I broke my own rule today. I gave forty bucks knowing that at least some of it will probably go for booze and cigarettes for Shawn and his wife. Most of it will go for food. They are crashed in the apartment of a pot smoker who eats all their groceries in the night, but it’s that or a panel van under the bridge. Not much of a choice with nighttime lows heading for the teens. Meanwhile, they wait for the outcome of the low-income housing lottery.
I’ve always been partial to the margins—those spaces that frame the story, a whiteness that begs to be marked with argument and response or, as in ancient Bibles, the extravagance of precious pigments, silver and gold leaf. Illuminated texts, they are called: shot through with color and light.
And now I find myself in a new kind of margin, skirting the edges of the crowd. Where I’m traveling, the drunk on the sacristy steps interrogates this story titled “America in the 21st Century” or maybe just “Humanity.” Two young boys running the streets after dark duck into the bright light of the parish hall, all tough and bluster, for their only meal of the day. These margins are filled with question marks, broken windows, expired tokens. But also written here are love and mercy and worship. Everywhere: the fingerprints of God.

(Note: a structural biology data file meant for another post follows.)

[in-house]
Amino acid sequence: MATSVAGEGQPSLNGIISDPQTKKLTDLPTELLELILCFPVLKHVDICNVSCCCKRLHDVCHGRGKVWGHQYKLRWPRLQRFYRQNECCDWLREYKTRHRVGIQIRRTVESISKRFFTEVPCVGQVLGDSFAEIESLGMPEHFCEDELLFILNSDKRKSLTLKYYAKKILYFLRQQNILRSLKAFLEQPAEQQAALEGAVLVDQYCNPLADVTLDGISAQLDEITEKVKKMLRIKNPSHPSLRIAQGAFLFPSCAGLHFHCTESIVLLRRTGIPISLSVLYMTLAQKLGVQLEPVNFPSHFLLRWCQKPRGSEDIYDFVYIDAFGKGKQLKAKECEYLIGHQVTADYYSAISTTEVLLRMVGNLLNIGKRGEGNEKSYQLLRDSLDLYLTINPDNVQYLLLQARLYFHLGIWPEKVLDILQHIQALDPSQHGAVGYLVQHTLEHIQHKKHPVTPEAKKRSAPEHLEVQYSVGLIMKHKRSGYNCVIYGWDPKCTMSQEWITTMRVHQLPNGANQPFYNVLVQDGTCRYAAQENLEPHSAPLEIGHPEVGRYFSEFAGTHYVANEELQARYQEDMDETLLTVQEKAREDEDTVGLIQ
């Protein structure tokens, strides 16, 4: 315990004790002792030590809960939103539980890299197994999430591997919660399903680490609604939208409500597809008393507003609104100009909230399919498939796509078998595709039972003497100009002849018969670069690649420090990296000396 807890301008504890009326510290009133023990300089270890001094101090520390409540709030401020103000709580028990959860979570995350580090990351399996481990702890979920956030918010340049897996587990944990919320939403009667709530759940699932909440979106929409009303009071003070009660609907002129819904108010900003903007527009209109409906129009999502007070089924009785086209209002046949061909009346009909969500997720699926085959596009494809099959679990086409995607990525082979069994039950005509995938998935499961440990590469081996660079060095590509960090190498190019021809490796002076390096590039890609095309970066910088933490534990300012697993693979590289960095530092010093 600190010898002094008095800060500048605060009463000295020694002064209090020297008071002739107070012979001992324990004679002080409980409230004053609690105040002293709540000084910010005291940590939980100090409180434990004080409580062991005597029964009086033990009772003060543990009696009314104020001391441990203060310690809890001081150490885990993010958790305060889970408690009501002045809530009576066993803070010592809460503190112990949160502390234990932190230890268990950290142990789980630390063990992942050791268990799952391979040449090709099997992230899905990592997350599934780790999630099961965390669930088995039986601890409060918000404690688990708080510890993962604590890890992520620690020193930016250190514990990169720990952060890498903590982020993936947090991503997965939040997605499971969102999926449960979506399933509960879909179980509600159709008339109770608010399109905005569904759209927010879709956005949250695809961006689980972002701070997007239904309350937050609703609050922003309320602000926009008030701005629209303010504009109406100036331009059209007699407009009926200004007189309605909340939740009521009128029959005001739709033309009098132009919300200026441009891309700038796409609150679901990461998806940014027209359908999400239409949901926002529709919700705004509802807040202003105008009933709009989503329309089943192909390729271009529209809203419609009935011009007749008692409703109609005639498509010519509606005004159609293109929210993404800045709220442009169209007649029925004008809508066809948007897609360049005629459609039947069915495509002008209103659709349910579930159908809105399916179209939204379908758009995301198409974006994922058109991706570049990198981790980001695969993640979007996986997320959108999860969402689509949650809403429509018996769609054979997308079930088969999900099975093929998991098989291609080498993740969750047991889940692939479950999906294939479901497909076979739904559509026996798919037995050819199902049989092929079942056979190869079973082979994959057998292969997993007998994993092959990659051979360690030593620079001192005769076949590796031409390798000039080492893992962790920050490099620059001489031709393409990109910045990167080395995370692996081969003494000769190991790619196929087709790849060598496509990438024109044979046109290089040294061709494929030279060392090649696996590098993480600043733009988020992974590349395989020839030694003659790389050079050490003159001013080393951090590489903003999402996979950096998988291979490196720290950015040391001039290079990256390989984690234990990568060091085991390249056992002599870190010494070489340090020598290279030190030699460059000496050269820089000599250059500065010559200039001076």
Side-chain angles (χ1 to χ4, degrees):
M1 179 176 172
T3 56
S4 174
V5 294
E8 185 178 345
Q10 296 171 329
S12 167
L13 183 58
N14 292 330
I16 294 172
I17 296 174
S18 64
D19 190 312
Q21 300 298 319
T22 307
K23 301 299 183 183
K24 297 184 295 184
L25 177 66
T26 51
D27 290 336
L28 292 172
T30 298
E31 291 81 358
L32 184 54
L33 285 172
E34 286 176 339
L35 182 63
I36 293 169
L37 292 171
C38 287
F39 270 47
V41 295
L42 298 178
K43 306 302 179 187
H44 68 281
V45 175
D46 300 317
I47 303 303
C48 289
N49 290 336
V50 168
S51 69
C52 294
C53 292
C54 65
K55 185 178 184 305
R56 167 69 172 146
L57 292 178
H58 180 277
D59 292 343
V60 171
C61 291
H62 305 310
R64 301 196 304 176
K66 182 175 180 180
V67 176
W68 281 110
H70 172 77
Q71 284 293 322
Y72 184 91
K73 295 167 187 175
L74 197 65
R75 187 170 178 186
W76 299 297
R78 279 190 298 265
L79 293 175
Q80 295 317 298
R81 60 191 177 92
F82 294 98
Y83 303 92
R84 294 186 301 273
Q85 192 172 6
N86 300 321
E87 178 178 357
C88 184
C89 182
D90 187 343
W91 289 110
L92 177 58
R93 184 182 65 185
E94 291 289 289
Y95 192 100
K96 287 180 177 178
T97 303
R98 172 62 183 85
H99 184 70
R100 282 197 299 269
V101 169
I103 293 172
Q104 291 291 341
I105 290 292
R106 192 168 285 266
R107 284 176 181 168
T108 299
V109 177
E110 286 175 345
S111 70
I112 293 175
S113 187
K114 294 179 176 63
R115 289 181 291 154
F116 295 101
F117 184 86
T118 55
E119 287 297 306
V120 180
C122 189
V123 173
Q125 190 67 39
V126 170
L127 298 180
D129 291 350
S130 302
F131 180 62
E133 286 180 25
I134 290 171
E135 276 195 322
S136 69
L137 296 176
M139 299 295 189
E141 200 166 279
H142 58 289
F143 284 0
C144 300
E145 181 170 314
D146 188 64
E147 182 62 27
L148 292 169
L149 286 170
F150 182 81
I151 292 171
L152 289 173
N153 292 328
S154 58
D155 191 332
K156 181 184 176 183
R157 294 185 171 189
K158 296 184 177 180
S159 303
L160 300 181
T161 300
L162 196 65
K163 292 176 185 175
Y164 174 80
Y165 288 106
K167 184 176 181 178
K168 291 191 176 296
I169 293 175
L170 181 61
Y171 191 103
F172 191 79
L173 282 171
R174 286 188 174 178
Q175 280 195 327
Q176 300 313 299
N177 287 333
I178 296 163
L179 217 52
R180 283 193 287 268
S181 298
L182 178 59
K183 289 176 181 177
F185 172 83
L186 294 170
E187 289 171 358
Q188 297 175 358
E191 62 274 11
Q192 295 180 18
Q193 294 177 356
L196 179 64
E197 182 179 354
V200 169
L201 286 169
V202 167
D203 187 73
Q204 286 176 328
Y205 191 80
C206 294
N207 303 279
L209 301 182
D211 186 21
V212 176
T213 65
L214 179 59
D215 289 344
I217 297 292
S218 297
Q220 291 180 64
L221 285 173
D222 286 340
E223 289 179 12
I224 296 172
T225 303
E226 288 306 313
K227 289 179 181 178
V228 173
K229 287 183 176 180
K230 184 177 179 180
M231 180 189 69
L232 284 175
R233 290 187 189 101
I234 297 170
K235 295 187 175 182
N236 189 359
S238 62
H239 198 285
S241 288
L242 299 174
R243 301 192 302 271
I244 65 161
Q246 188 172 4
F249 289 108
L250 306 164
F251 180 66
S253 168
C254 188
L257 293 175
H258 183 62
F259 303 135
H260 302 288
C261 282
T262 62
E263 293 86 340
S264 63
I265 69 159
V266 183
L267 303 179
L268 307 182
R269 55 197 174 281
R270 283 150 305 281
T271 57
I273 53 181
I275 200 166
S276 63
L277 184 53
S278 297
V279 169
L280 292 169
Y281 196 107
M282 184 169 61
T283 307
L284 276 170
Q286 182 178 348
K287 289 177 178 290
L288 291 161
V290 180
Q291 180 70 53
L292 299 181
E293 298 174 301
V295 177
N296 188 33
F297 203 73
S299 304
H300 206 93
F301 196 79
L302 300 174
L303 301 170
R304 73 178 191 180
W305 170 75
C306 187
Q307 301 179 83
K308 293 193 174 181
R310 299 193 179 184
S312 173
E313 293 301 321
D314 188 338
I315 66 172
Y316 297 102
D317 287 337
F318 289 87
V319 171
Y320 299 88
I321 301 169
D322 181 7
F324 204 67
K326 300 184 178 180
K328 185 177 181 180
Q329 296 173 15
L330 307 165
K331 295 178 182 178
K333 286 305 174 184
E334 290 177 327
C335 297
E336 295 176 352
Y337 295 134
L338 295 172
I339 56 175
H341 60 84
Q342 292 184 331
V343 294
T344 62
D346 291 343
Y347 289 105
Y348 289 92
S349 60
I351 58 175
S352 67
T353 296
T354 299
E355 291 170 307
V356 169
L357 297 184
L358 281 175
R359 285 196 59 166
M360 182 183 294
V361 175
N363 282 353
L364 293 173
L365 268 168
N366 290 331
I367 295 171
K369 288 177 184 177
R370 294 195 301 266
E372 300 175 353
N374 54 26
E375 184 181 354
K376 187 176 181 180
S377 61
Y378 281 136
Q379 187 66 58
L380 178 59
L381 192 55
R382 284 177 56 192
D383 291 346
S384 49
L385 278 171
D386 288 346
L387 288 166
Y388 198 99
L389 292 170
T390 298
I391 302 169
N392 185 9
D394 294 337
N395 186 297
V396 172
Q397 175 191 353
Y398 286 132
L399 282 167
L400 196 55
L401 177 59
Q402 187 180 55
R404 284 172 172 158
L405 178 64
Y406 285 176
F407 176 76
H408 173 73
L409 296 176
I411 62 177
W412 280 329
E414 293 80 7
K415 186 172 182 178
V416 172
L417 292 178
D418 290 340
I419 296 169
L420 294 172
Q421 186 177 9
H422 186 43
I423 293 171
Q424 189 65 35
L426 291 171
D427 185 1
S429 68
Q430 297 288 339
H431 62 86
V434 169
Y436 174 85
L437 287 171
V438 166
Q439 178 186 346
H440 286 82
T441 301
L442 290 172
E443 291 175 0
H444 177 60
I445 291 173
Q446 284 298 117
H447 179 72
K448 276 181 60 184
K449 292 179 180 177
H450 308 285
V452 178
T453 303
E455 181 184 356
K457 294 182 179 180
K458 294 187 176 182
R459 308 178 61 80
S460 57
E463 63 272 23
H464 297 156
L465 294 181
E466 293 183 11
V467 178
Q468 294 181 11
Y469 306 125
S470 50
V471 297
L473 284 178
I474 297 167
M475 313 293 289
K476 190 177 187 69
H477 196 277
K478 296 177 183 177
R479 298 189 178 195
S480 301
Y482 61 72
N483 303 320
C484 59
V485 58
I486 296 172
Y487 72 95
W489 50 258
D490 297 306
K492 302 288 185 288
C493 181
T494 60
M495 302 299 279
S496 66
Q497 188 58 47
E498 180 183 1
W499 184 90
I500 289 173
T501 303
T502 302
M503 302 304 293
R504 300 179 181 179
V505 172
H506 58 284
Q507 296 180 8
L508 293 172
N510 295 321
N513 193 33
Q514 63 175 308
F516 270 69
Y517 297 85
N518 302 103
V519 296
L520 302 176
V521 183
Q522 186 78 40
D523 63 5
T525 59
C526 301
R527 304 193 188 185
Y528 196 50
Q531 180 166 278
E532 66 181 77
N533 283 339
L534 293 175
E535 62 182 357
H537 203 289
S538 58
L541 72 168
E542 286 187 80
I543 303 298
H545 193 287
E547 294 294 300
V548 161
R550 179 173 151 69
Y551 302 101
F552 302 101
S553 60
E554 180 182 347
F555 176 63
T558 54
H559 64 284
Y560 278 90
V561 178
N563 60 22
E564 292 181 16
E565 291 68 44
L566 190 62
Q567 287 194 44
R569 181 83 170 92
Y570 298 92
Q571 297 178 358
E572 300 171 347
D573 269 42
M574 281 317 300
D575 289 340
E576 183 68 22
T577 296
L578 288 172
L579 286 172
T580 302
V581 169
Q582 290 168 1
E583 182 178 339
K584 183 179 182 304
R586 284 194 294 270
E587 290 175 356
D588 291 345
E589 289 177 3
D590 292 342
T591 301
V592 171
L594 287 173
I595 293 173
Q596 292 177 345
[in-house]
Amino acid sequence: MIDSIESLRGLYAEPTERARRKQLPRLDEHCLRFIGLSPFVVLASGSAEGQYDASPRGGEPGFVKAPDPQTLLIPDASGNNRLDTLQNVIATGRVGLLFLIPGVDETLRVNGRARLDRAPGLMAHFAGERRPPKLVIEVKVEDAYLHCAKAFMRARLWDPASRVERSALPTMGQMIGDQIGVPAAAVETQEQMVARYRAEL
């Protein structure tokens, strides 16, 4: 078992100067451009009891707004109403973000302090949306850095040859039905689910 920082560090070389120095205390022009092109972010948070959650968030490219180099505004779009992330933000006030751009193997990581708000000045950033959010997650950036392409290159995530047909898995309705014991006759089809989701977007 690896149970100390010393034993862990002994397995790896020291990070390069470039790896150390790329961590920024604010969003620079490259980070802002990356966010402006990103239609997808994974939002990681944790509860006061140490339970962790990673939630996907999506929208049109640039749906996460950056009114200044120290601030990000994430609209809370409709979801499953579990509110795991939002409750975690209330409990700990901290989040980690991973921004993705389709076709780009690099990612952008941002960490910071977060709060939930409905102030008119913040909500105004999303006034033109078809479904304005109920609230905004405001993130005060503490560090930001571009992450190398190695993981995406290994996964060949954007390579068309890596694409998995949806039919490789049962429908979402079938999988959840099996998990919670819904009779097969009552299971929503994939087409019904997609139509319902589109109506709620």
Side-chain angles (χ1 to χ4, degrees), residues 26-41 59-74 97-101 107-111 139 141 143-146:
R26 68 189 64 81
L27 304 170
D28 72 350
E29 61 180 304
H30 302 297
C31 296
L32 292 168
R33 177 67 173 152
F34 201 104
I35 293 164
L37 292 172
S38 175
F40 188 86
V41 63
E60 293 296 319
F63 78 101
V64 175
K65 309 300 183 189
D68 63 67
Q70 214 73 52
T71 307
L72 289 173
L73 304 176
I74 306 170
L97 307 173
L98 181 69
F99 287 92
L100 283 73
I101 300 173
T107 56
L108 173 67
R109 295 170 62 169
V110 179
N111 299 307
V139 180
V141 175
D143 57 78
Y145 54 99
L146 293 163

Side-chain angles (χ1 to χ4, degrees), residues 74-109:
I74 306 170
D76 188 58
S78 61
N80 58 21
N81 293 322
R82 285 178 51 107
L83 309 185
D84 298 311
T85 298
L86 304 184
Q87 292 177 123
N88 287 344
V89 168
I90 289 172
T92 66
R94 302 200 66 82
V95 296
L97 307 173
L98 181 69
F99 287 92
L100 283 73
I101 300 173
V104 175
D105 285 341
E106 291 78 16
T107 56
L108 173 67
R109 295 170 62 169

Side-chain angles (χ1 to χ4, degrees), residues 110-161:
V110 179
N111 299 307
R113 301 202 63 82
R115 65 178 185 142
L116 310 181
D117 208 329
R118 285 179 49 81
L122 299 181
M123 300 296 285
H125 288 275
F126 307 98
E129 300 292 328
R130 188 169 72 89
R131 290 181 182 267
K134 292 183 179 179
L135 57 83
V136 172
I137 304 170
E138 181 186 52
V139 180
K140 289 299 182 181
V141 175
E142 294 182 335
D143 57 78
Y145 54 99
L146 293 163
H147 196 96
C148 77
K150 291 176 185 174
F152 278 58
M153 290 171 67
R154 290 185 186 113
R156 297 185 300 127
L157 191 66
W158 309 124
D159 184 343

Alongside the story of the deaf homeless woman—her baby due in February—a jotted memory: the liquid green of light through leaves, lush hum of wings from the dogwood tree. There is nothing so merciful as a swarm of bees. Throbbing with life, singular of mind, they endure the cold. All winter, the innermost bees migrate outward toward the cold, making room for those on the edges to migrate in. It’s a perpetual dance, an unwritten contract, a blurring of margins that defies even January.
“Meet me here tomorrow, 12:30. You can store your food in the church refrigerator until your housing gets sorted out.” I waved goodbye from the doorway.